Wednesday, July 15, 2015

Wok Wednesdays | Fujianese-Style Stir-Fried Fish with Peppers

WW wokking through Stir-Frying to the Sky's Edge
by Grace Young



This stir-fry consists of fish that has been oil blanched before stir-frying. Grace herself is not a fan of this type of preparation, but included it in her book because it is so popular with Chinese restaurant chefs, and for us to experience what it is like. She even states this method is not practical (using and discarding two cups of oil) or healthy for the home cook.

I took a cue from Karen of Karen's Kitchen Stories, and placed the oil blanched fish on a plate lined with paper towels, and dabbed the top of the fish with another paper towel to help soak up some of the oil before proceeding with the recipe.

 Mise en place.

Bowl 1: Codfish, egg white, salt
Bowl 2: Garlic, ginger
Bowl 3: Bell pepper
Bowl 4: Scallion
Bowl 5: Chicken broth, dry sherry, cornstarch, sugar, salt
 

The recipe calls for fish with the skin on; this is to help keep the fish from falling apart when (ever-so-gently) stir-frying. However, the cod from the fish market was skinned, hence the broken pieces of fish.


I always seem to mutilate my fish when I remove the pin bones. Maybe using pliers instead of tweezers might help. I was able to get out all of the bones! And that is a good thing.


This would be a great stir-fry for those with a tame palate. Me, I prefer more bold flavors - I'm thinking a bit of soy sauce added to the broth mixture and some Thai red pepper would be a tasty addition to this dish.

We have been asked not to post the recipes here on our blog. If you would like the recipe, you will find it on page 176, of  Stir-Frying to the Sky's Edge, which you can purchase at your local bookstore or find it at your local library. I highly recommend purchasing the book - you won't be disappointed.



 

Sunday, July 5, 2015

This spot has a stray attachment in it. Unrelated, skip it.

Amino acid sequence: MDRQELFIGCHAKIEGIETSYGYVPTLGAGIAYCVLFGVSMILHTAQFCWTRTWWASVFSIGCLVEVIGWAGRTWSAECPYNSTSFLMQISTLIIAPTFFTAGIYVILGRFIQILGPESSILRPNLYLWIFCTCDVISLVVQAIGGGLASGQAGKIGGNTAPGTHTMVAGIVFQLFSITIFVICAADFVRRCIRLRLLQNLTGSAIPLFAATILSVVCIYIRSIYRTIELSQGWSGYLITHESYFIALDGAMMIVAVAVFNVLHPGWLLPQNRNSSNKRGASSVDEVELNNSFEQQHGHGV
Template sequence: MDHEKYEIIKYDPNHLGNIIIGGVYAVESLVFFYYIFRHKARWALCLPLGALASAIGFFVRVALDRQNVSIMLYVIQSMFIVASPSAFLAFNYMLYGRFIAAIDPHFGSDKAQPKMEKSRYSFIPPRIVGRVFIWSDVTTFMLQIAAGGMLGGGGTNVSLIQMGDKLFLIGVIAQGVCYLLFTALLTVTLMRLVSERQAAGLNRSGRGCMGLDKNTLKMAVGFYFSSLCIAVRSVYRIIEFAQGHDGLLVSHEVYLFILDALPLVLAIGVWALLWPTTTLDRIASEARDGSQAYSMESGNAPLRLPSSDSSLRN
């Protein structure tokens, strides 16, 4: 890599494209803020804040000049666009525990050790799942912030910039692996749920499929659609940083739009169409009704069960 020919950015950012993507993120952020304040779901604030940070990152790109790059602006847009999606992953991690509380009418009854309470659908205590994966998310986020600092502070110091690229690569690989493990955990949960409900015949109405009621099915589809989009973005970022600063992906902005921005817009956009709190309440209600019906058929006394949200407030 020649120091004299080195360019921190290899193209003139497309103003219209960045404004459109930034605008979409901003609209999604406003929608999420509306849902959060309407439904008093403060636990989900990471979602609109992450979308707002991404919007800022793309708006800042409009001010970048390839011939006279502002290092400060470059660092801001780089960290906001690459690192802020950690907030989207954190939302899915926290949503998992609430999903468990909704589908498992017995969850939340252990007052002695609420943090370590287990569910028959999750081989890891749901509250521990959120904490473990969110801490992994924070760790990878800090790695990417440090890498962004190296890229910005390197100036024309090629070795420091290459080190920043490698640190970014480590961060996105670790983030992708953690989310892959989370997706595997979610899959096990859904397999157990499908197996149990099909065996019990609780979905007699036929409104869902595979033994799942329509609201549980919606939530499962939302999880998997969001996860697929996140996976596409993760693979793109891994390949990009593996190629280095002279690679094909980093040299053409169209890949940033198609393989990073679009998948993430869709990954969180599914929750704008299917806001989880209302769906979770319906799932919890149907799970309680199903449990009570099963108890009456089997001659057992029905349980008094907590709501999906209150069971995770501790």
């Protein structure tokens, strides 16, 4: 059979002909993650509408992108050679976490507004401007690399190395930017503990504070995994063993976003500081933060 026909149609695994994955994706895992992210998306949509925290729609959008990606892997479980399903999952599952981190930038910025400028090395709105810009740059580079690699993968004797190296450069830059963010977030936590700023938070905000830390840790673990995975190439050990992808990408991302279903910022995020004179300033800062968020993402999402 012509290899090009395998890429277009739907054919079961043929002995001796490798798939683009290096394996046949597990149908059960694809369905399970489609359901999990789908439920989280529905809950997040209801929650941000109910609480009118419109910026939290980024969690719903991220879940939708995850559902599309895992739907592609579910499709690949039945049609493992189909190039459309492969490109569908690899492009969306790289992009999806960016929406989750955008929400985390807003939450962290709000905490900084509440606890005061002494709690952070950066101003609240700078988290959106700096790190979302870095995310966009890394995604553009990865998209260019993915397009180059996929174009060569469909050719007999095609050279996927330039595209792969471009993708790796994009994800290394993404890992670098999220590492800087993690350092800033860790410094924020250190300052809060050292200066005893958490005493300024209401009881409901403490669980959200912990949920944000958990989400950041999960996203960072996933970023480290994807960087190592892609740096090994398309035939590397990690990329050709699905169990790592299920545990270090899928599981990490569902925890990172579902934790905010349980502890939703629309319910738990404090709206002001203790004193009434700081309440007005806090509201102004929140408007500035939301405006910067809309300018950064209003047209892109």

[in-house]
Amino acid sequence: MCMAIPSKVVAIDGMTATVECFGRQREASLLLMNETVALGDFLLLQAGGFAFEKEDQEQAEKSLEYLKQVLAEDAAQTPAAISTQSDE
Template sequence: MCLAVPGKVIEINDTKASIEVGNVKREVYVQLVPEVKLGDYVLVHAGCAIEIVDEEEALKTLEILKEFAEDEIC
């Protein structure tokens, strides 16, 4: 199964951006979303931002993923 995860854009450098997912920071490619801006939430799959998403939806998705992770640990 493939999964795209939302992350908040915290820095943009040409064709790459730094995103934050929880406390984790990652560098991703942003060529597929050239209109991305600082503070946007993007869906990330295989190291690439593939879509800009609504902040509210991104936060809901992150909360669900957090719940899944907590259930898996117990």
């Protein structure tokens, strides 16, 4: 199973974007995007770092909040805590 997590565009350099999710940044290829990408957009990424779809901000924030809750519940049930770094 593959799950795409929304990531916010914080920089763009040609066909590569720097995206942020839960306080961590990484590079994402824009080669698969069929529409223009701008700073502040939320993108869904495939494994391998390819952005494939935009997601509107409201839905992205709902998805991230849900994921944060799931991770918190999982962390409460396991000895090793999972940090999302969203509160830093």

Wok Wednesdays | Stir-Fried Bean Sprouts with Chili Bean Sauce

WW wokking thru Stir-Frying to the Sky's Edge
by Grace Young



This is a very simple and tasty side-dish. Andy said it would make a complete meal if I just tossed in some diced chicken or beef - and that it would.

Mise en place.

Bowl 1: Garlic
Bowl 2: Bean sprouts, carrots
Bowl 3: Scallions
Bowl 4: Salt
Bowl 5: Dry sherry, bean sauce, sambal oelek, soy sauce

The recipe calls for chili bean sauce which I did not have - so I mixed equal parts of ground bean sauce and sambal oelek. Next time I will reduce the salt by a quarter teaspoon, for I felt it was just a tad salty.


Prep of this stir-fry is pretty minimal and cook time is almost non-existent, maybe two minutes - if that. Just a quick rinse and spin-dry of the sprouts, julienning of the carrots and scallions - which is a snap if you have a kinpira peeler and a negi cutter (shown below), mincing a couple teaspoons of garlic, and mixing up of the sauce.

The garlic gets a quick stir in the wok before adding the vegetables, which get cooked for only a minute or so, just until the sprouts start to wilt. The scallions and salt are added along with the sauce and stir-fried for less than a minute more - and your done! You have yourself a delicious stir-fry.



Kinpira peeler on the left - negi cutter on the right.


Not only is this a healthy stir-fry (well, they all have been healthy), but Grace mentions, "when the weather's hot, it's important to eat more yin, or cooling vegetables like bean sprouts to restore balance to your body."

I read that cooling vegetables cool and calm the blood, and help remove toxins as well. For a list of other cooling (and warming [yang]) foods, head over to Ping Ming Health's website. I found it to be quite interesting, you may as well.

We have been asked not to post the recipes here on our blog. If you would like the recipe, you will find it on page 200, of  Stir-Frying to the Sky's Edge, which you can purchase at your local bookstore or find it at your local library. I highly recommend purchasing the book - you won't be disappointed.



 


Sunday, June 28, 2015

The Cottage Cooking Club | June Recipes

The CCC cooking through River Cottage Veg
by Hugh Fearnley-Whittingstall



My choices for June are:

Quick Couscous Salad with Peppers and Feta 
Macaroni Peas 

To see the complete list of recipes offered for June - click here



Quick Couscous Salad with Peppers and Feta


Oops! I made the wrong recipe - as I was at the store, I realized I had not written down the ingredients on my shopping list - I ran home, threw the other groceries in the garage, grabbed the book, and went back. Unfortunately, (or fortunately for me) I read the ingredients for the main recipe; this salad was already in the line-up back in August of last year. This month's recipe was a variation on that one, using fresh tomatoes and olives.

The salad I made, uses jarred roasted red peppers (I used sweet cherry peppers - so good), cucumber, red onion, feta cheese, parsley, and of course, couscous. I added some spring onion from my CSA box, in addition to the red onion; and to the leftovers a couple days later, I stirred in some fresh corn kernels from the leftover corn on the cob we had the night before - it was really tasty with the added corn.